- Antogil Photo
- In view of Masoala National Park’s coastline, humpback whales swim in Antongil Bay, where they breed and rear their calves.
- Julie Larsen Maher ©WCS
- People Photo
- WCS works to sustain Malagasy fisheries, which are integral to livelihoods of many local communities.
- Julie Larsen Maher©WCS
- Sunset Photo
- Located in the western Indian Ocean, the island of Madagascar has a coastline of 3,100 miles.
- Julie Larsen Maher©WCS
Coral reefs, sea grass beds, islands, mangroves, creeks, estuaries, and coastal forests link Madagascar’s land and seas. The island nation sits in the western Indian Ocean, which stretches to the mainland states of eastern Africa and supports important marine species like endangered dugongs, sea turtles, and sharks. Madagascar's long coastline (3,100 miles) and “upstream” location from eastern and southern Africa make its aquatic ecosystems among the region’s greatest conservation priorities.
The Malagasy economy depends on its coastal resources to support important fisheries, tourism, and shipping industries. However, effectively managing those resources has proven difficult. Environmental threats such as overfishing have greatly depleted marine populations to extents that some fish stocks may never recover and many species could face extinction. The effects of climate change also take a toll on the coastal ecosystems.
- Among the inhabitants of Madagascar’s marine environment are 34 species of cetaceans, 5 species of marine turtles, 56 shark species, 300 types of hard corals, and 1,300 kinds of bony fish.
- Masoala National Park includes three marine reserves designed to protect the peninsula’s coral reef systems. In view of the park’s coastline, humpback whales swim the nearby Antongil Bay, which they use to breed and rear their calves.
- Half of Madagascar’s known plant species are found in the Antongil Bay region.
Population growth is exacerbating the effects of destructive and shortsighted fishing practices and management systems cannot adequately sustain the region’s fisheries. Further threatening Madagascar’s coastal environments are industrial trawling within the shallow, continental shelf seas and seamounts, the hunting or incidental capture of large marine fauna (dugong, dolphins, sea turtles, sharks, and sawfish), and the extirpation of high-value species such as sea cucumbers. Coastal development can degrade local waters, by creating run-off and sedimentation. Madagascar’s coral reefs are also threatened by the impacts of climate change, which can cause them to become sickly and bleach. In the Antongil Bay region, rising unemployment and insufficient facilities for rice cultivation are causing local residents to turn to fishing, putting further pressure on marine plants and animals.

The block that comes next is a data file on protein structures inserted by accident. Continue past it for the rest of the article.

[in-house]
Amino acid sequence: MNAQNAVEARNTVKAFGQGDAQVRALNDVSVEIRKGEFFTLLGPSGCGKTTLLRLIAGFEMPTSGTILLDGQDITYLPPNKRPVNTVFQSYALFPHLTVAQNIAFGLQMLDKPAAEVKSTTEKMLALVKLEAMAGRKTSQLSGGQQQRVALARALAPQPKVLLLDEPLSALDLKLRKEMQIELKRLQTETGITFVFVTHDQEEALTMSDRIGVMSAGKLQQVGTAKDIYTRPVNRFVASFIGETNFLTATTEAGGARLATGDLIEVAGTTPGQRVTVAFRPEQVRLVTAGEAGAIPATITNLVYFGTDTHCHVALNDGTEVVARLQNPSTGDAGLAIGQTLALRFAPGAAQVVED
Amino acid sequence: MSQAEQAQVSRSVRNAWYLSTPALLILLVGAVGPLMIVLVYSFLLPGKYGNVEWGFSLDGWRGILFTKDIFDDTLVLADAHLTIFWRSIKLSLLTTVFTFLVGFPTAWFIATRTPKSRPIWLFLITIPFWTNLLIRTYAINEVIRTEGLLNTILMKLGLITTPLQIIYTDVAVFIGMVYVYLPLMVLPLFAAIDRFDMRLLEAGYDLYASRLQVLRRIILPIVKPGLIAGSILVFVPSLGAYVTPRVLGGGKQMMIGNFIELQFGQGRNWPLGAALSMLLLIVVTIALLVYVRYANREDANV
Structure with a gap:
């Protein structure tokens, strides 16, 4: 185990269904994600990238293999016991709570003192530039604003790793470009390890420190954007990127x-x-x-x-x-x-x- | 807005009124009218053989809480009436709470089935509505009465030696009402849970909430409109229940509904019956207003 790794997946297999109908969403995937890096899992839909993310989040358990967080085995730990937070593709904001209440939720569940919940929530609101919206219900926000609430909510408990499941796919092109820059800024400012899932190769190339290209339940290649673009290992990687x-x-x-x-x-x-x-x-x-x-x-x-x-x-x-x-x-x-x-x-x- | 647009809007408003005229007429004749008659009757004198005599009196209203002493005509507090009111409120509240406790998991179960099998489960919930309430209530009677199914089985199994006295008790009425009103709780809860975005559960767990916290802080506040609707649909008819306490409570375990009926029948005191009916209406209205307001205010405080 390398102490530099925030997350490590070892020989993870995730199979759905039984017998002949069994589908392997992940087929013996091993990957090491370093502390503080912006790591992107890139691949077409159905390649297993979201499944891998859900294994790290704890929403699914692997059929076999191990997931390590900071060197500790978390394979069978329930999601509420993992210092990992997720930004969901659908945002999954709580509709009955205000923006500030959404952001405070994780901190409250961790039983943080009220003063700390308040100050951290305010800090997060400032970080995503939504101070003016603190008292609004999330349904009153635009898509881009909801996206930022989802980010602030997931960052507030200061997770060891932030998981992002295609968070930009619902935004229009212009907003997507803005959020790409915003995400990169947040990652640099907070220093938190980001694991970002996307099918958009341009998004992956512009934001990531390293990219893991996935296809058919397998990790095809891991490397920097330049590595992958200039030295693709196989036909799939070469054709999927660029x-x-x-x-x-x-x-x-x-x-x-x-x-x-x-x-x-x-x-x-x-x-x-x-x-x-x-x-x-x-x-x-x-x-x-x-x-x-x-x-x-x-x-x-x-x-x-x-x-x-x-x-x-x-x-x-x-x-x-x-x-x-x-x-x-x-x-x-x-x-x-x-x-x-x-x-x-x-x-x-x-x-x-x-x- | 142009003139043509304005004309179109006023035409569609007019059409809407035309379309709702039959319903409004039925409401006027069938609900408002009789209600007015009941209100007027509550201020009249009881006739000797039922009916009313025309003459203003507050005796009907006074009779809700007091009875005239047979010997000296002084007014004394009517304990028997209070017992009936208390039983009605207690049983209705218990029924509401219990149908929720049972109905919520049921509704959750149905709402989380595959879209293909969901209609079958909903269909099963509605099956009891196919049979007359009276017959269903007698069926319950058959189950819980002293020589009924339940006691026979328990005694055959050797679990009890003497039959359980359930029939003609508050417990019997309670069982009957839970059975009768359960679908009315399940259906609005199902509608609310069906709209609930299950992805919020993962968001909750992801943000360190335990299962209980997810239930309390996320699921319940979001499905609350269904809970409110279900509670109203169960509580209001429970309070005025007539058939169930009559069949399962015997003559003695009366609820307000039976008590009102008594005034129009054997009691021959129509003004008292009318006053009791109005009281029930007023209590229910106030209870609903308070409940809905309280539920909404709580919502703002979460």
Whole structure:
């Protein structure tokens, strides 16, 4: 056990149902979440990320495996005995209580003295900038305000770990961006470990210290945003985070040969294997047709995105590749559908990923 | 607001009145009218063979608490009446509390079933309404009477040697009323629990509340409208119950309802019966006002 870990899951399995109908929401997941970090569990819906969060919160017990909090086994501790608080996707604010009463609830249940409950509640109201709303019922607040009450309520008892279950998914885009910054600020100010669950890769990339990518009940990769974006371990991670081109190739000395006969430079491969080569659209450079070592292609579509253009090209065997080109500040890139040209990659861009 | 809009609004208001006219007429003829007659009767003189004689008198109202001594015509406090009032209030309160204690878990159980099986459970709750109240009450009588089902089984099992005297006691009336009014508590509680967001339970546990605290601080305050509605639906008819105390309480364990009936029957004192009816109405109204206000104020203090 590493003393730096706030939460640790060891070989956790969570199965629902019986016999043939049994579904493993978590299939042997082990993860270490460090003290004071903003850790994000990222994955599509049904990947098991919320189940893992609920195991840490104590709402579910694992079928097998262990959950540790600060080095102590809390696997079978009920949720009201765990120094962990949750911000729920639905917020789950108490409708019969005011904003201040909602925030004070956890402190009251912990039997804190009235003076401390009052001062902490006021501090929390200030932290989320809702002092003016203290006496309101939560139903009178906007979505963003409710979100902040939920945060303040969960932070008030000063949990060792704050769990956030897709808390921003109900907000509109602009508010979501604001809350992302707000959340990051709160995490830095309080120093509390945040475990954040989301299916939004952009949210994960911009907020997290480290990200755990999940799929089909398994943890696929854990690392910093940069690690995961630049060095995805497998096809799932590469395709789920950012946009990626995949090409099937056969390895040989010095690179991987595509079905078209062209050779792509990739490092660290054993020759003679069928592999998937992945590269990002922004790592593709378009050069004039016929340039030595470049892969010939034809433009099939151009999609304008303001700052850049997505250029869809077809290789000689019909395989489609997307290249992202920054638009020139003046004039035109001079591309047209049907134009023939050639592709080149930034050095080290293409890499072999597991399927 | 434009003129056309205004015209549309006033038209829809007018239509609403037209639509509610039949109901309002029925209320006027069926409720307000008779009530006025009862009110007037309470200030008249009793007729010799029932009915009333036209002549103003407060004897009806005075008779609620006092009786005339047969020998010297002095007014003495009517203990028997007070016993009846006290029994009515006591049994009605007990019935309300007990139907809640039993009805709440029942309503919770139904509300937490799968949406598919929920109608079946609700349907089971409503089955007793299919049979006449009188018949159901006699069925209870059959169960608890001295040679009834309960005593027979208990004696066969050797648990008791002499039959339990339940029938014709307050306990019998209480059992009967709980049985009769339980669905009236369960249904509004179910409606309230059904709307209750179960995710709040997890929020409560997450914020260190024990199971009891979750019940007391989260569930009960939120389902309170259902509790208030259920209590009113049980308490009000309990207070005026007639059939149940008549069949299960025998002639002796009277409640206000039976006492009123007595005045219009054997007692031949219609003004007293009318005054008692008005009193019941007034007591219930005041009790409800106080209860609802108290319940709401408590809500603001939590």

WCS has been helping to conserve marine ecosystems in Madagascar since 1991. Our conservationists lead seascape programs in Toliar Barrier Reef and Antongil Bay, where we helped create the nation’s first law overseeing whale-watching operations. The law aims to ensure the region’s burgeoning ecotourism industry generates revenue for local residents and is safe for humpbacks and other whale species. Working with local leaders and government groups, we have protected sensitive whale nursery areas and eliminated shark finning and other unsustainable practices. We have also trained local residents in marine conservation and management, helping them to develop sustainable fishing and farming practices.
WCS is also helping to manage the Sahamalaza/Radama Marine Biosphere Reserve on the northwest coast of Madagascar. This new protected area, which contains important coral, mangrove, and forest ecosystems, is used by local people for fishing crab and shrimp. WCS is promoting sustainable development in this coastal region, to protect both local livelihoods and precious marine life.
From the Newsroom
Coral reef fisheries expert Dr. Tim McClanahan highlights the resilience of coral reefs and the conservation efforts that will help them adapt to changing conditions.
A study by WCS and partners presents a novel approach for establishing new large-scale protected areas in Madagascar’s waters.
Researchers from WCS, Columbia University, and other institutions find an unusual divide in song themes sung by humpback whales in Madagascar and Western Australia.
A newly released study finds that people are increasingly consuming marine mammals—including some very rare species, like the Fraser’s dolphin—in more than 100 countries around the world.
As global leaders convene in Durban, South Africa to tackle climate change, WCS coral reef fisheries expert Dr. Tim McClanahan and his colleague Dr. Joshua Cinner urge action on behalf of the world’s fishing communities dependent upon the increasingly threatened bounty of warming tropical seas.